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The Hoover Dam

California’s many success stories include large projects as the famous Boulder or Hoover Dam as much as the sun, oranges and tourist spots of this idyllic state in the West. The Hoover Dam was the creation of the thoughts and deeds of great visionaries as Herbert Hoover, 31st President of the United States. It best represents the great American dream because it includes the vision of men as Herbert Hoover, the courage of men who faced the challenge of building the engineering marvel risking their lives and the toil of thousands of able bodied Americans who braved the heat and sun for five years.

Herbert Hoover was a great visionary who envisioned the dam which today links Nevada and Arizona spanning the Colorado River. (Herbert Hoover, 2004). He was a man of many parts, a great politician, and conservationist, humanitarian and of course as relevant to this story a great engineer who could see the potential of the Dam constructed amidst some of the most difficult and impossible terrains on Earth strewn with dangerous boulders. Arthur Powell Davis of the US Reclamation Service was the first to visualize the possibility of constructing a Dam in the vast Grand Canyon area and this dream was followed up by men as Hoover.

(The Dam, 2004) Construction of the Dam was also a political feat largely credited to Hoover. He successfully concluded the Colorado River Compact which overcame resistance from the key states of the Colorado River Basin, Arizona, California, Colorado, Nevada, New Mexico, Utah and Wyoming demonstrating his capability as a political negotiator. (Herbert Hoover, 2004). Quite justifiably, the Dam has been renamed after this great visionary of the American dream after being called as Boulder Dam for a few years.

The story of the High Scalers is equally enthralling once again representing the best in American enterprise. The peculiar geological formation of the canyon walls necessitated that before construction began, loose rock had to be wrenched free to avoid danger to workers. (High Scalers, 2004) This most hazardous job was done by exceptional men known as, ‘high-scalers’ who worked with large jackhammers and dynamite to loosen up rocks by physically swinging on ropes dangling on the high canyon walls.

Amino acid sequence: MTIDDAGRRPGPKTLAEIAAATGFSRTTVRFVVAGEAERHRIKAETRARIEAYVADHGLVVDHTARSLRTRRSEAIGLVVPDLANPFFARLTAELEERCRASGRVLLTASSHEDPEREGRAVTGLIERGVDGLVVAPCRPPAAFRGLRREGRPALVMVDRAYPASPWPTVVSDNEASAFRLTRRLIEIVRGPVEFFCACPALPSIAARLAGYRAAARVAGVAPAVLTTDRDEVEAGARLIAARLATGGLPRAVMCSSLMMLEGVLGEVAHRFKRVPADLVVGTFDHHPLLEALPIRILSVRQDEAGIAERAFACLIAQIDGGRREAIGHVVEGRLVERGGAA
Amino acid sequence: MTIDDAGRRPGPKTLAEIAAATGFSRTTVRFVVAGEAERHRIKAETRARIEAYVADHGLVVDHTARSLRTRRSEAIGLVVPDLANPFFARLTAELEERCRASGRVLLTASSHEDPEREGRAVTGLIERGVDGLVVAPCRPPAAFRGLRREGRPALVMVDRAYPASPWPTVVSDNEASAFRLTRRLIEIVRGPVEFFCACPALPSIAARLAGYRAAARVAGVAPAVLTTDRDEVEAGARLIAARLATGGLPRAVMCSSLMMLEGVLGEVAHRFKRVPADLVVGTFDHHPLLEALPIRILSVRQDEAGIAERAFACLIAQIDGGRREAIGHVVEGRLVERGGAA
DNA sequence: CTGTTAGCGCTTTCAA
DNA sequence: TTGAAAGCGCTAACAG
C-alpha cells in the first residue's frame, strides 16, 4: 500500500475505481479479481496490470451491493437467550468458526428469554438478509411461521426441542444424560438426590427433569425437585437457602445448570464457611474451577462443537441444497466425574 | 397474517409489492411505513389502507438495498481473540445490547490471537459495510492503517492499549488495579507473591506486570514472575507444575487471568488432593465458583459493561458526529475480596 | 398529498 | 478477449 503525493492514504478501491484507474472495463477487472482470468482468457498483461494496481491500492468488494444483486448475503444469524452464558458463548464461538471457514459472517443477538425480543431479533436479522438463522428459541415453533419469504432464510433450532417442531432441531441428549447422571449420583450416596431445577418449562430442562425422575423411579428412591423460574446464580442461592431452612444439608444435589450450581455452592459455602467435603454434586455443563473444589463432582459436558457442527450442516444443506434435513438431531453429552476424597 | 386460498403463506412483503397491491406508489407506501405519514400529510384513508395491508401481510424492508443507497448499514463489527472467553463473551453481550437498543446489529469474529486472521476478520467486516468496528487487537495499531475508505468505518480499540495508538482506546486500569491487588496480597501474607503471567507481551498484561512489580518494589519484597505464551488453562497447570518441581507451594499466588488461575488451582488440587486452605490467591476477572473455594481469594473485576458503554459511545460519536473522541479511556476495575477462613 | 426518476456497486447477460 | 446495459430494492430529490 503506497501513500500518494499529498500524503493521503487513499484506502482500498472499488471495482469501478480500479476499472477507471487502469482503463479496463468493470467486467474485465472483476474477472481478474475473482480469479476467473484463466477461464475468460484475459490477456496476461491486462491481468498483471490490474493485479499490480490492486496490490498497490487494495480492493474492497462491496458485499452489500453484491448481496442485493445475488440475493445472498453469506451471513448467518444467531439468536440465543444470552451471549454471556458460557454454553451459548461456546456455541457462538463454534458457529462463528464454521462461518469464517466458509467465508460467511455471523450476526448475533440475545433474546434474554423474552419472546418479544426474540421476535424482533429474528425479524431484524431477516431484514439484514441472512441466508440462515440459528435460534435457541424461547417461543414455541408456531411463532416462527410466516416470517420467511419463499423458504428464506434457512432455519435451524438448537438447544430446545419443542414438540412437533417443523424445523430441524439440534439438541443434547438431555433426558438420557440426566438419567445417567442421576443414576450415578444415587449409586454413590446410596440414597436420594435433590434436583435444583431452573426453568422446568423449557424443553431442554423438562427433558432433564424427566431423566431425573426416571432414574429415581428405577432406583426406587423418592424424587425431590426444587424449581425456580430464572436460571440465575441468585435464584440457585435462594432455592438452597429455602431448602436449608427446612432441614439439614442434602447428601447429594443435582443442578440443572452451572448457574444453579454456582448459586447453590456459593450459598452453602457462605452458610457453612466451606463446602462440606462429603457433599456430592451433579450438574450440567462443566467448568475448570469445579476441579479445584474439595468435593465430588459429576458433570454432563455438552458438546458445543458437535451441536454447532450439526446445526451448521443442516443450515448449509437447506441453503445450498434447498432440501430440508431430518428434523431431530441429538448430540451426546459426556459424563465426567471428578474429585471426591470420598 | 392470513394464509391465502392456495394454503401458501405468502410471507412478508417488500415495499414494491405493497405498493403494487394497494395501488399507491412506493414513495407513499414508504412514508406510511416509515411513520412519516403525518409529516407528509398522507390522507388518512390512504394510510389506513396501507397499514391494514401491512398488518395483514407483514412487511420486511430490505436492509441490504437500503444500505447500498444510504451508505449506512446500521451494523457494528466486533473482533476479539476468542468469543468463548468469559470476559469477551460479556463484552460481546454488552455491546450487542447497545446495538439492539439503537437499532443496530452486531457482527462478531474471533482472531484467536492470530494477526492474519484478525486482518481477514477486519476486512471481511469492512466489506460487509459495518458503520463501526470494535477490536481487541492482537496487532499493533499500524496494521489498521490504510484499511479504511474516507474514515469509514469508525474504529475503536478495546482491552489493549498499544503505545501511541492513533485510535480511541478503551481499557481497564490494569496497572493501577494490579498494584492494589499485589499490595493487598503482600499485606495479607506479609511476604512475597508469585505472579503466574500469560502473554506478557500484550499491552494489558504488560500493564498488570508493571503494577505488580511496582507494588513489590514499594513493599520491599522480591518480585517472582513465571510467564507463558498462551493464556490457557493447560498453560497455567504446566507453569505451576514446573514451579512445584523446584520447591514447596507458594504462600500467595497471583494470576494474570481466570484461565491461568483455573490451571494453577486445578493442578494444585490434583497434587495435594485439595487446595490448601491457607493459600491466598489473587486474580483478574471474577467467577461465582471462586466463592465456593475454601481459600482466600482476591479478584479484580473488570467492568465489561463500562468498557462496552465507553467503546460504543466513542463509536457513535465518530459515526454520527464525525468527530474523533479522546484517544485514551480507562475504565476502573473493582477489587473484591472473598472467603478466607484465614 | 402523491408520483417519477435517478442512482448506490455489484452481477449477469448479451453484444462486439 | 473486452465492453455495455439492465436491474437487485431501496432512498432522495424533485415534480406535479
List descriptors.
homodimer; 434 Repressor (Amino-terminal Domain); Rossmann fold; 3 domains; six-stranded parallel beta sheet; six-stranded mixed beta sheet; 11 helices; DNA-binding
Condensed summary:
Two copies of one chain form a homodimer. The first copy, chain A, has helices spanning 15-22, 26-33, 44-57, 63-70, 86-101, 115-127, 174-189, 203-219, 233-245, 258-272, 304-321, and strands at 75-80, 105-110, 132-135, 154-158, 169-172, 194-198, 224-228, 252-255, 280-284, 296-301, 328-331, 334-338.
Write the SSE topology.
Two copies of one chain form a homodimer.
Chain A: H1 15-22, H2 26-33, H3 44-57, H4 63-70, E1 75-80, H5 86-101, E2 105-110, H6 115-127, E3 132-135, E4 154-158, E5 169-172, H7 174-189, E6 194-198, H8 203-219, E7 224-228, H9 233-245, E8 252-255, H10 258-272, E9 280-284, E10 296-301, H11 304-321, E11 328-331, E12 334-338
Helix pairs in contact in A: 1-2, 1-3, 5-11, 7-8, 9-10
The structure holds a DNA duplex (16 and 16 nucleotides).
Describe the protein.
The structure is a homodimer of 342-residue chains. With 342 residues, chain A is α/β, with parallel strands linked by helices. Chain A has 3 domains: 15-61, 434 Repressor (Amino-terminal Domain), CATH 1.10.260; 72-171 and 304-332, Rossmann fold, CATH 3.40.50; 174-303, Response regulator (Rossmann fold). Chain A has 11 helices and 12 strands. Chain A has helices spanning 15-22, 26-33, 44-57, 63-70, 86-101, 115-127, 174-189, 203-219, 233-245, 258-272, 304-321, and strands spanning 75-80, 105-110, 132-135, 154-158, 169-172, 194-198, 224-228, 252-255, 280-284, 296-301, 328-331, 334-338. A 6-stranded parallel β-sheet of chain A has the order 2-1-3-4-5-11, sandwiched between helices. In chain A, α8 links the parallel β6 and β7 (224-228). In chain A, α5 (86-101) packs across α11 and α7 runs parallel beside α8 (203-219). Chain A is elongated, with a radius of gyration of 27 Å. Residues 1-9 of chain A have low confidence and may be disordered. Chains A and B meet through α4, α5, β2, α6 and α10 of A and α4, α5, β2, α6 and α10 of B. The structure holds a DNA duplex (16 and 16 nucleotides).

Without their daring enterprise construction work down below would have been virtually impossible. These were also men who suffered the heaviest casualties but none were deterred from the task at hand. (High Scalers, 2004) The Dam was also the life line to many who were suffering unemployment during the Depression and created thousands of jobs in those difficult time of the 1930’s which seem so remote today. (Story, 2005) These men saw succor in the Dam as a means to earn their daily bread during those hard times when America was facing the worst economic crisis in its history.

For almost five years these men toiled hard to create the marvel, which many conclude is the eighth wonder of the Earth and is a National Historic Landmark in America. (Story, 2005). Undoubtedly the work of the Dam was a gigantic task for humanity and thus Rhinehart (1995) likens it to a piece of art rather than just a work of concrete. Perhaps many larger projects will be constructed in the Years ahead but none will encapsulate the American spirit of the Hoover Dam.


1. Story. (2005). The Story of Hoover Dam. Accessed at http://www. usbr. gov/lc/hooverdam/History/storymain.html on 23 March 2007. 2. High Scalers. (2004). High Scalers. Accessed at http://www. usbr. gov/lc/hooverdam/History/essays/hscaler. html on 23 March 2007. 3. Rhinehart, Julian. (1995). The Grand Dam. Accessed at http://www. usbr. gov/lc/hooverdam/History/articles/rhinehart1. html on 23 March 2007. 4. The Dam. (2004). The Dam. Fortune Magazine Article 1933. http://www. usbr. gov/lc/hooverdam/History/articles/fortune1933. html on 23 March 2007. 5. Herbert Hoover. (2004). Herbert Hoover – The Man. Accessed at http://www. usbr. gov/lc/hooverdam/History/articles/hhoover. html on 23 March 2007.

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